Apple's annual MacWorld event has become a cult event for fans and they have come to expect the announcement of exciting and ground-breaking new products.
MacWorld has become a cult for Apple fans
The fact that announcements are shrouded in secrecy, coupled with Apple's Steve Jobs natural ability to entertain an audience, add to the buzz.
The BBC News website takes a look at announcements from years past to see what all the fuss is about.
MACBOOK AIR - 2008
Steve Jobs unveiled the laptop in San Francisco
Apple promised there was "something in the Air" and it turned out to be an ultra-thin, lightweight laptop.
The £1,200 Macbook Air laptop is not the first-ever machine to ditch weight to make it more mobile, but it is the thinnest on the market right now.
The laptop is 0.76 inches (1.93cm) at its thickest and comes with either a hard drive or solid state drive, for $999 extra.
THE iPHONE - 2007
The iPhone was for many the ultimate Apple product launch
MacWorld 2007 will go down as a vintage year among Mac fans and the wider industry because it heralded the announcement of the iPhone.
It immediately grabbed the headlines and has continued to do so for the following 12 months.
Eyebrows were raised about the decision of Apple to enter the highly competitive world of mobile and there was much criticism about the price of the iPhone and the fact that it would be locked in to specific operators.
But much of debate over the value of the iPhone took second place to discussions about how the phone looked, in particular its touch screen.
SWITCH TO INTEL- 2006
Steve Jobs made a new friend of Intel
Announcing a switch to Intel processors did not have the glamour of a new product announcement but was a hugely important move for Apple.
Announced at MacWorld 2006, it ended a decade-long relationship between Apple and IBM and was seen as a big gamble for Apple strategy.
The move to Intel was thought to have come about because of IBM's reluctance to expand the number and range of PowerPC chips it makes.
Its entire product line was shifted to Intel during 2007.
In April 2006, Apple released public beta software called Boot Camp that enabled Apple computers with an Intel processor to run the XP Windows based operating system.
iTUNES PHONE - 2005
Apple's first foray into the mobile world was less successful
The iTunes phone was Apple's first and less successful foray into the world of mobile.
Steve Jobs introduced the new iPod cell phone, made by Motorola, alongside a new thinner iPod nano, in September at the Moscone Centre in San Francisco.
The iTunes enabled cell phone was able to hold up to 100 songs but didn't prove to be a massive hit with consumers.
Even at launch there were questions about its role with some pundits saying the device compared badly with existing iPod music players in both its looks and onboard features while other questioned which group of consumers it was aimed at and whether people would be willing to pay a premium for such a device.
iPOD MINI - 2004
The iPod mini came in a range of five colours
This was the year that iPods were miniaturised.
At MacWorld, Apple unveiled a tiny version of its best selling iPod music player.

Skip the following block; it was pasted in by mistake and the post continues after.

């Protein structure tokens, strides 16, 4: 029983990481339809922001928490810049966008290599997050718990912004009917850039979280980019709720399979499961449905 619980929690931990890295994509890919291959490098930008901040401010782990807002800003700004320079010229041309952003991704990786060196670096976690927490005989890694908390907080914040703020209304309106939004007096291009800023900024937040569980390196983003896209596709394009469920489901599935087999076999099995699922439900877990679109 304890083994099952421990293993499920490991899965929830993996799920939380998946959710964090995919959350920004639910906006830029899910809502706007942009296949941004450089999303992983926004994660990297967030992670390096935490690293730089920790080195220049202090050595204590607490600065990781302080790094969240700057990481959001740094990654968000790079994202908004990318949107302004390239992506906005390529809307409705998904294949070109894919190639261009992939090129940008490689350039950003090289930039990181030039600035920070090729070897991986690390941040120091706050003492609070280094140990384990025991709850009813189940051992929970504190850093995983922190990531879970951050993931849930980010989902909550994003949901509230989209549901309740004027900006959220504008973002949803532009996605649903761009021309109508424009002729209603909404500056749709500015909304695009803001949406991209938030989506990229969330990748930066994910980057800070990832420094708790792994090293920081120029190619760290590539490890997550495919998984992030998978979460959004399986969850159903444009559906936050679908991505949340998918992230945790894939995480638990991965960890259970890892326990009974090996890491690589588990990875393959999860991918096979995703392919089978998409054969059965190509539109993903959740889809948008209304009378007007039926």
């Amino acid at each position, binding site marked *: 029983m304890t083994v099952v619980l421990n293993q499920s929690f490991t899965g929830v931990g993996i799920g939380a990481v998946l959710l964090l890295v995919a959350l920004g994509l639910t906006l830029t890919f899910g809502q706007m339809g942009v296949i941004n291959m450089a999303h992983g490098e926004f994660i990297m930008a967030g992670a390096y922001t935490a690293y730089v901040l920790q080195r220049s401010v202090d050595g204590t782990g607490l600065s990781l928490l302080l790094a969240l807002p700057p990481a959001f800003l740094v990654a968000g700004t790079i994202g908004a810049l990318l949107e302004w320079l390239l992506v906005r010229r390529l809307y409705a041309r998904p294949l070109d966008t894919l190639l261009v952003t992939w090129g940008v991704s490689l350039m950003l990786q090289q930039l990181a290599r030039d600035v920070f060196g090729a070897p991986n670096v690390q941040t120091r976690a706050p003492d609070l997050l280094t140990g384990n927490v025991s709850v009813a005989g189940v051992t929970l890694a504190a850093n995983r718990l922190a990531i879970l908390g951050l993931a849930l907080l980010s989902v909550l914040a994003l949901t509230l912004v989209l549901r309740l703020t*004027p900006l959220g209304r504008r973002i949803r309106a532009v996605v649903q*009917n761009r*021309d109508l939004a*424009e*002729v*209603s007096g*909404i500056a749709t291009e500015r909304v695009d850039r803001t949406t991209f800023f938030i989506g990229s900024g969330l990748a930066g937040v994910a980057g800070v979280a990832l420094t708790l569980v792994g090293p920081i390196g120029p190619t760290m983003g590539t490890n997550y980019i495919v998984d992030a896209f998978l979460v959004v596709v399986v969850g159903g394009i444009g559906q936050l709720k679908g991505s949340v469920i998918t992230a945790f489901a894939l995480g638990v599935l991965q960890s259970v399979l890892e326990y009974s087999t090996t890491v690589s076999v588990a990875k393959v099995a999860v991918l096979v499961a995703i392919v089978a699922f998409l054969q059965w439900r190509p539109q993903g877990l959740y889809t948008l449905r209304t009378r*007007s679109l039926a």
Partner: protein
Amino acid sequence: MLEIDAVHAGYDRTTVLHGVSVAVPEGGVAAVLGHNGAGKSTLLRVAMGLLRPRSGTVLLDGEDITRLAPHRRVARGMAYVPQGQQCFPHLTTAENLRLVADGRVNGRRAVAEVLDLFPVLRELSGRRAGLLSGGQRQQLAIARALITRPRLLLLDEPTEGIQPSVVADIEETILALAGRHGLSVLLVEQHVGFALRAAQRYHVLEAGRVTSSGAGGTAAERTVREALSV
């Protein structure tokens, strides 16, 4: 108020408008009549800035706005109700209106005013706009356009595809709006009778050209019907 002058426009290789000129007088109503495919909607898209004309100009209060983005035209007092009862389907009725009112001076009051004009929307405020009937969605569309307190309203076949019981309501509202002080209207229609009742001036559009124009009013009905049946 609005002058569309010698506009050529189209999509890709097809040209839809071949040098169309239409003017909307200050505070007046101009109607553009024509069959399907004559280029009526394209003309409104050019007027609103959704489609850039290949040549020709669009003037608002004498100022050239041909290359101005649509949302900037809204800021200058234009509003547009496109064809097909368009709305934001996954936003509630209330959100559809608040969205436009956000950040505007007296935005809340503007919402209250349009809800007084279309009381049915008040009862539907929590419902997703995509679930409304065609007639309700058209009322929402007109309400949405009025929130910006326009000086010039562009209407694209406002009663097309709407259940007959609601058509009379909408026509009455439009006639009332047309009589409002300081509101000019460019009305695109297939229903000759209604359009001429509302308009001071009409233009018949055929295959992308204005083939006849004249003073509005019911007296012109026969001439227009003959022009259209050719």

The iPod Mini held about 1,000 songs and went on sale in the US in February and worldwide in April.
Apple cited the sale of more than 2 million iPods for the high profits it was now experiencing as a company.
ITUNES UNLEASHED - 2003
iTunes transformed the music download market
MacWorld 2003 was a relatively quiet affair and also saw Apple experiencing its second consecutive quarter of loss. But fortunes were about to be revived by the launch in April of iTunes.
By the time the pioneering online music service launched in the UK the following June, some 85 million songs had been downloaded.
Apple's proprietary format which locked users into Apple's products caused controversy but it went a long way to wrestling back the download market from pirate sites.
MP3 PLAYER REVOLUTION - 2001
The iPod was launched in October 2001
In October 2001 Apple announced its first foray into the world of digital music players with the launch of the iPod.
The original device held 1,000 songs and was hailed by Steve Jobs as a "major, major breakthrough".
The rest, as they say, is history.
iMAC - 1998
Blue turned out to be the new beige
At the Apple Expo in Paris in September 1998, a smiling Steve Jobs was pictured next to the iMac, the machine that both revived Apple's fortunes and set a new standard in computer design, the ripple effects of which continue to be felt to this day.
With the release of the new iMac in August 1998, a new age of computer design began thanks in large part to Apple's chief designer Jonathan Ive, who at the time was dubbed the Armani of Apple.
The machine was so popular that Apple had 150,000 advance orders for it, the most ever for an Apple product.
Unveiled at MacWorld, many Apple fans believe it triggered the reverence that many now hold for the event.
APPLE IIc -1984
A young Steve Jobs (left) helps show off the Apple IIc
In April Apple Computer introduced a new portable computer.
The briefcase-size Apple IIc was shown off by the then Apple President John Sculley, flanked by co-founders of Apple, Steve Jobs and Steve Wozniak.
The innovative design won its a design award later that year, in an early echo of the way Apple was later to revolutionise the design of both computers and MP3 players.
The machine sold well until it was discontinued in 1988.